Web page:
Best of Blue Jays Watch Party: Bautista still gets ‘chills’ watching bat flip


Jose Bautista celebrates his legendary home run in Toronto's Game 5 ALDS win in 2015. (Nathan Denette/CP)

Game 5 of the 2015 ALDS between the Toronto Blue Jays and Texas Rangers was one of the most dramatic contests in recent baseball history, highlighted by Jose Bautista’s iconic bat flip.

After a dramatic and controversial top half of the seventh inning, the Blue Jays responded with four runs in the bottom half of the frame, punctuated by Bautista’s blast.

Bautista himself, along with a number of other special guests, joined Sportsnet’s Blue Jays Watch Party on Friday to re-live his epic home run — and a Toronto victory that truly had a little bit of everything.

Here are some of the best moments from the Watch Party.

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“I wasn’t trying to hit the record button”

Bautista’s bat flip was truly a once-in-a-lifetime experience for an athlete, and the slugger wasn’t trying to take himself out of the moment as he rounded the bases and returned to the dugout. Instead, he just tried to absorb all the sights and sounds around him.

“Everyone blacked out. I have no clue what was going through my mind. Everything became a blur,” Bautista said. “I was fully immersed in the moment, nothing was going through my brain other than paying attention to what was happening. I wasn’t trying to hit the record button. I was enjoying the moment, trying to take in the reaction. I was completely engulfed in that…

“The most fun part for me is all the reactions of the guys and the faces of the fans.”

After such a whirlwind of a night, Bautista said he couldn’t really let everything wash over him until he was home from the stadium and celebrations with teammates and fans ended.

“Right before I went to bed, that’s when I got the chance to decompress and let it all sink in. Even the ride home, David Price had gifted us scooters, I ended up taking mine back home that night. Even the ride home, fans were still out on the streets.”

Fast forward nearly five years and watching his home run still brings back all the emotions.

“It definitely still gives me chills,” Bautista said. “It’s one of those moments you never forget. As an athlete you’re fortunate enough to just be in one of those positions let alone do something for your team. What I enjoyed the most was just watching everyone else enjoy it.”

Swagger like us

Equipped with a murderer’s row of a lineup, a deep starting rotation and a lights-out back end of the bullpen, the Blue Jays oozed confidence every night back then. Beyond the talent, the group had a deep personal connection, which took their game to another level.

“This team had that special ‘It’ that most teams look for,” Bautista said. “It’s swagger, it’s confidence but at the same time it’s great camaraderie. Everyone was pulling for each other and knew there was a bigger goal in mind. It was a group that enjoyed being around each other.”

Asked if he misses those days and playing baseball in Toronto, Bautista had a simple yet powerful answer.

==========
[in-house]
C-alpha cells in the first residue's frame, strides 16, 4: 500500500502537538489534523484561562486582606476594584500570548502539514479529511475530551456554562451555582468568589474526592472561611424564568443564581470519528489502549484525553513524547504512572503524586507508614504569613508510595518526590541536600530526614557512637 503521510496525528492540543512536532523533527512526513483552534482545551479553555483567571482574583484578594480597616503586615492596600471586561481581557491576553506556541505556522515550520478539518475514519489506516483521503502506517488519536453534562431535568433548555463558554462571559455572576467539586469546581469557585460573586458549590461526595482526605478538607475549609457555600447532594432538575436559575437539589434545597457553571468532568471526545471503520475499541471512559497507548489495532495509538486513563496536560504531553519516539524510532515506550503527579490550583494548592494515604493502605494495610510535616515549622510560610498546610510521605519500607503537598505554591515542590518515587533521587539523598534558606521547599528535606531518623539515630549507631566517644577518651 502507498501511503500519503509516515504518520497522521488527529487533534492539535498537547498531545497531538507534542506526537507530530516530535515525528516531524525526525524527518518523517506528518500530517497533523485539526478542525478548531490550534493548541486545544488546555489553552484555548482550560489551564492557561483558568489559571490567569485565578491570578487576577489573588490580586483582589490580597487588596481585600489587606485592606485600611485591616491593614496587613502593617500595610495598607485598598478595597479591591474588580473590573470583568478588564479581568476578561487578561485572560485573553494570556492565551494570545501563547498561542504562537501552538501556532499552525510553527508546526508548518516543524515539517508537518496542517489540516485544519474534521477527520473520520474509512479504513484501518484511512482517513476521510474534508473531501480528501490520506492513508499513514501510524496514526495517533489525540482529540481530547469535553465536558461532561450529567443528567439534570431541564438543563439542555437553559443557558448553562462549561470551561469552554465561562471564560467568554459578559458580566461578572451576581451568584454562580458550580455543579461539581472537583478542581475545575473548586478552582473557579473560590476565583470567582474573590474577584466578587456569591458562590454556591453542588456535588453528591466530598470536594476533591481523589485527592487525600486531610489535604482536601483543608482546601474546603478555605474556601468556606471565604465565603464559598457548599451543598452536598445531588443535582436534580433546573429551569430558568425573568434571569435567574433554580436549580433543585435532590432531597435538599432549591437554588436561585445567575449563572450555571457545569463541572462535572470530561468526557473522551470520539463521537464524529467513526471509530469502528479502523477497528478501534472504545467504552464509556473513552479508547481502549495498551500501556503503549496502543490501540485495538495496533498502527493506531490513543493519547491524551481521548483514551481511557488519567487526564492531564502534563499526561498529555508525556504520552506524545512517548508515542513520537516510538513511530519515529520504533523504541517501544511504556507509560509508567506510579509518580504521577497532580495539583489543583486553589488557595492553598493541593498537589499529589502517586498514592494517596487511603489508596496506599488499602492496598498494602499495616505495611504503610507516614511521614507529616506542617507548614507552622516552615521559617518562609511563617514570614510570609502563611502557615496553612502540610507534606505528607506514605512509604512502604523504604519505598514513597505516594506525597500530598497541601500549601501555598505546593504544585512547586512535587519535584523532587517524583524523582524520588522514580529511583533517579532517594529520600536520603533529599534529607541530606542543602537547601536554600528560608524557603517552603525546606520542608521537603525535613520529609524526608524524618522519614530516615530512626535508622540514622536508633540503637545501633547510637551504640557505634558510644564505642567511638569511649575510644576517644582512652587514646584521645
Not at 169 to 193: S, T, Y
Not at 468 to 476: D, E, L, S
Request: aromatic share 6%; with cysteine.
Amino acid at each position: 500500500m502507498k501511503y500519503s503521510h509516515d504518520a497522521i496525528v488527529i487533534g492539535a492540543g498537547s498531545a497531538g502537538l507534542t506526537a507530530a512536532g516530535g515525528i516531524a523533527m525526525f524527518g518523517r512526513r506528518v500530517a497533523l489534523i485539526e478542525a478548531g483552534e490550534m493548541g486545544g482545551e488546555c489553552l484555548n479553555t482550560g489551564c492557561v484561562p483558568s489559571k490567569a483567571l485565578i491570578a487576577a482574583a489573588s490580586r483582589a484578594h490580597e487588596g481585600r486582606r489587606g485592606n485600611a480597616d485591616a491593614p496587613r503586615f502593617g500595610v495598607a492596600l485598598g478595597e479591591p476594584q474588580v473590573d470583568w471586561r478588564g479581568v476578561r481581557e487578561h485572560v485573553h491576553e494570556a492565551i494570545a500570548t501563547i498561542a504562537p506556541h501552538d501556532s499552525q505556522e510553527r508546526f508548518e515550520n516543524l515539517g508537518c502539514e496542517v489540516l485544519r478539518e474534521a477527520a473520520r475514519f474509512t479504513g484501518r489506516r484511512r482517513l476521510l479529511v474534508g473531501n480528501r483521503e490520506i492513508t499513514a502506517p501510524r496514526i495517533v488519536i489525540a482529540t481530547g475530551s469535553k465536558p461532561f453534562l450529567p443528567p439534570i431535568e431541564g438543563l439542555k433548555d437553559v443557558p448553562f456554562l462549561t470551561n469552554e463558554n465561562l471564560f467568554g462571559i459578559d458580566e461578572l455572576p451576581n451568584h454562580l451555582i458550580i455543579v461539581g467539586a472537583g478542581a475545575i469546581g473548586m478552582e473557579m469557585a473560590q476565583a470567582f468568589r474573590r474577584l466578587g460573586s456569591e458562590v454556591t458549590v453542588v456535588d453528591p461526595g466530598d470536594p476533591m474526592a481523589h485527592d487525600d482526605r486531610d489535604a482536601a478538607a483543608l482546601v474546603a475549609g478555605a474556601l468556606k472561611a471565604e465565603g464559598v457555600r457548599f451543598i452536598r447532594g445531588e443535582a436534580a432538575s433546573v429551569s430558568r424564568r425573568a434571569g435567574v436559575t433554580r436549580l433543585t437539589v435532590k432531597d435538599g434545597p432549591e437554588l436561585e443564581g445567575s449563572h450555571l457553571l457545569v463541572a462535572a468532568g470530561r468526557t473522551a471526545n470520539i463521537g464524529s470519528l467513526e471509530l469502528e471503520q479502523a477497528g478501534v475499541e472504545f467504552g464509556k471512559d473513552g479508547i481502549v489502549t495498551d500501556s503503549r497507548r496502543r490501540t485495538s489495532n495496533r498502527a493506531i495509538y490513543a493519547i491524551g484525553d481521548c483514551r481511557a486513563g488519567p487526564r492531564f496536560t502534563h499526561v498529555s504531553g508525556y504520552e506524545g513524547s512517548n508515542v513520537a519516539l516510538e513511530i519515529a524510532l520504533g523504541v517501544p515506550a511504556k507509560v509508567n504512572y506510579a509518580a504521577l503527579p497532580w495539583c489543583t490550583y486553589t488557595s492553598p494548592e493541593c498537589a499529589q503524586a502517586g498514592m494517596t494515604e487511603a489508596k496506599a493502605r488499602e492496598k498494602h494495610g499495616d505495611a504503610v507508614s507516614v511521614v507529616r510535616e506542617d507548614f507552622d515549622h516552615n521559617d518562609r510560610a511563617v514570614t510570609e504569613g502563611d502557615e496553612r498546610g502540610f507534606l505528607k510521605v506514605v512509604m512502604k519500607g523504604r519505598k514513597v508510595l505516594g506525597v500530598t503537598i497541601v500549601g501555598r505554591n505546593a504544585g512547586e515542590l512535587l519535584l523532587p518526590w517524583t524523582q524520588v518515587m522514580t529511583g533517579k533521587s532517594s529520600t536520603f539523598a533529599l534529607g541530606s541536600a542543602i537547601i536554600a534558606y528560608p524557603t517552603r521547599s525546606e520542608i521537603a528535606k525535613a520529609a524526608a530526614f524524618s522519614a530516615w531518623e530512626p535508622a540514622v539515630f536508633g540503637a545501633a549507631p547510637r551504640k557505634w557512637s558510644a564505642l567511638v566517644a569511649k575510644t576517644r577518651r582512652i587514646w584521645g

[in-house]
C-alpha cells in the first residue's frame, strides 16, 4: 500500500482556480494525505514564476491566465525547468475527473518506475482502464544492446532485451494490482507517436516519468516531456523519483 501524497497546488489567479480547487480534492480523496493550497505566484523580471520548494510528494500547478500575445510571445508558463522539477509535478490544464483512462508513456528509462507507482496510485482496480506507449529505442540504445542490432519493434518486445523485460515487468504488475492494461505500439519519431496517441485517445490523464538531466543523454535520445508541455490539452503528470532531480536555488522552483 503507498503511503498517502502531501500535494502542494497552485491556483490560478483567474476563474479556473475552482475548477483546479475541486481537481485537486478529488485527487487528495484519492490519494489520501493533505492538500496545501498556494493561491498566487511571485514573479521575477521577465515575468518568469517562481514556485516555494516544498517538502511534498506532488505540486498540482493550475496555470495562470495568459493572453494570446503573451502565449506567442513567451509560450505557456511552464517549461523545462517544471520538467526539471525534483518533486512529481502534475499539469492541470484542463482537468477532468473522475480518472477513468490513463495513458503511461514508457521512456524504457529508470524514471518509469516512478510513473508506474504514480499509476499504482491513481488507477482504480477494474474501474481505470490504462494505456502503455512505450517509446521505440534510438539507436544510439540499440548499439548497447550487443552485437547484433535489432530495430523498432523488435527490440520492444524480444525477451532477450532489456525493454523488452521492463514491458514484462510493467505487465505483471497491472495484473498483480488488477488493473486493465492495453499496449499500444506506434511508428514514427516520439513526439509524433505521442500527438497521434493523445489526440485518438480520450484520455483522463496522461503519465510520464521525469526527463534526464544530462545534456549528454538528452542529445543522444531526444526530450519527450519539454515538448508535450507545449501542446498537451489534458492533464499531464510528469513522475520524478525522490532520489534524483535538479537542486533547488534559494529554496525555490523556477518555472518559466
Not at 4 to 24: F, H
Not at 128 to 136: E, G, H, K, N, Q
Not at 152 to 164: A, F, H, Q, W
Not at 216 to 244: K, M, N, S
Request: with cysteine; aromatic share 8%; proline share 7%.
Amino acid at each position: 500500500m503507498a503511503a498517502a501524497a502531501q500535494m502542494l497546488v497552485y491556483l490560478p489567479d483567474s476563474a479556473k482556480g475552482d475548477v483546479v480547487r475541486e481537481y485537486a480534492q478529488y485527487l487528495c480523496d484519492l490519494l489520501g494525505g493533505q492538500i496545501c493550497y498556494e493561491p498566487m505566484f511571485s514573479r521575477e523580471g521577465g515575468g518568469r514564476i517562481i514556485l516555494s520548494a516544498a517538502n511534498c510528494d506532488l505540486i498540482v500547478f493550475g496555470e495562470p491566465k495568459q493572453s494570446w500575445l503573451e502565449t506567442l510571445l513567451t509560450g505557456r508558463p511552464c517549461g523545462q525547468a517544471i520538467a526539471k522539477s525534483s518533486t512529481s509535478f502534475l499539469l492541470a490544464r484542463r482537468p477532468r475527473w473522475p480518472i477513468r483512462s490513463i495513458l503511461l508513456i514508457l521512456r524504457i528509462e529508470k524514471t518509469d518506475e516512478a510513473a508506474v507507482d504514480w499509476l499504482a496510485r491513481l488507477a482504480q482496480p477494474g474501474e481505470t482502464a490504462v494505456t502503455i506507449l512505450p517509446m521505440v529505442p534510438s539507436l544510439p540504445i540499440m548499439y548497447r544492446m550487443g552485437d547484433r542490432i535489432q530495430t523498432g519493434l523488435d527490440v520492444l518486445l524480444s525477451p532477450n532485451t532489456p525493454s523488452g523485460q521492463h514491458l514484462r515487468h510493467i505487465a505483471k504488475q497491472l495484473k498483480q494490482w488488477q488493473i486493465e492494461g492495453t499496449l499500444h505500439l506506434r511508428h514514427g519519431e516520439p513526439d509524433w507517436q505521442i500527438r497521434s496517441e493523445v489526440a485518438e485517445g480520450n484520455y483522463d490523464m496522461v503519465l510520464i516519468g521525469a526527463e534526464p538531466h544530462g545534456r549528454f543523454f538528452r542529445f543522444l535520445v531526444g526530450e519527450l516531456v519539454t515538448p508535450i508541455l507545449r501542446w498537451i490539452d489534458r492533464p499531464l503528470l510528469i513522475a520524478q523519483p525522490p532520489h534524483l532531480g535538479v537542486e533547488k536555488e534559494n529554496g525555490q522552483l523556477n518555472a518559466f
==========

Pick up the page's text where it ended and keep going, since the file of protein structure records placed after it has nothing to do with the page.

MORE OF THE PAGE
“Of course I do, [I miss] all of it. Toronto is like my second home and I wish I was still there.”

“I was pretty confident I had screwed up”

Before the bat flip had a chance to happen, there was the infamous top of the seventh, when Texas took a 3-2 lead after Blue Jays catcher Russell Martin inadvertently threw a ball off Shin-Soo Choo’s bat. Home plate umpire Dale Scott, who admitted he had never seen anything like it in nearly 4,000 games of experience, immediately called the play dead.

Seconds later, Scott realized he had made a huge mistake.

The veteran umpire acknowledged on the Watch Party that he had mixed up two rules, and called for a huddle with the other officials on the diamond. The ball was nowhere near a fielder when the play was ruled dead, so Scott reversed the call and allowed Rougned Odor to score from third base. His message to his fellow umpires was “I’ll take care of John [Gibbons].”

In the moment, Gibbons gave Scott an earful and issued an official protest. Now further removed from the event, Gibbons himself briefly joined the Watch Party with a pre-recorded message for Scott, praising the umpire as one of the best in the sport due to his composure and fairness.

In hindsight, the officials got the call right and the Blue Jays would overcome the controversy just a half inning later. But who knows what would have happened if Odor’s scamper home had been the winning run.

Harold Reynolds clears the air

Broadcaster Harold Reynolds caused quite the stir in Game 3 of this series, insinuating that Canadian fans couldn’t catch foul balls because of their background playing hockey.

“Because there’s not a lot of people that grew up playing baseball in Canada, they’re not used to catching a lot of balls hit into the stands,” Reynolds said at the time.

Reynolds became public enemy No. 1 north of the border after that comment (maybe public enemy No. 2, after Odor) and is still trying to live it down.

On the Watch Party, Reynolds shared a story of how his luggage mysteriously didn’t arrive in Toronto for Game 5, which forced him to go out and buy some new clothes. He jokingly pointed the finger at a sassy custom’s agent.

Reynolds tried to clear his name, saying his comments were blown out of proportion. He professed his love for Canada and recalled fond experiences playing for the triple-A Calgary Cannons. He also cited Vancouver as his favourite city in the world.

Hopefully Blue Jays fans can finally forgive him.


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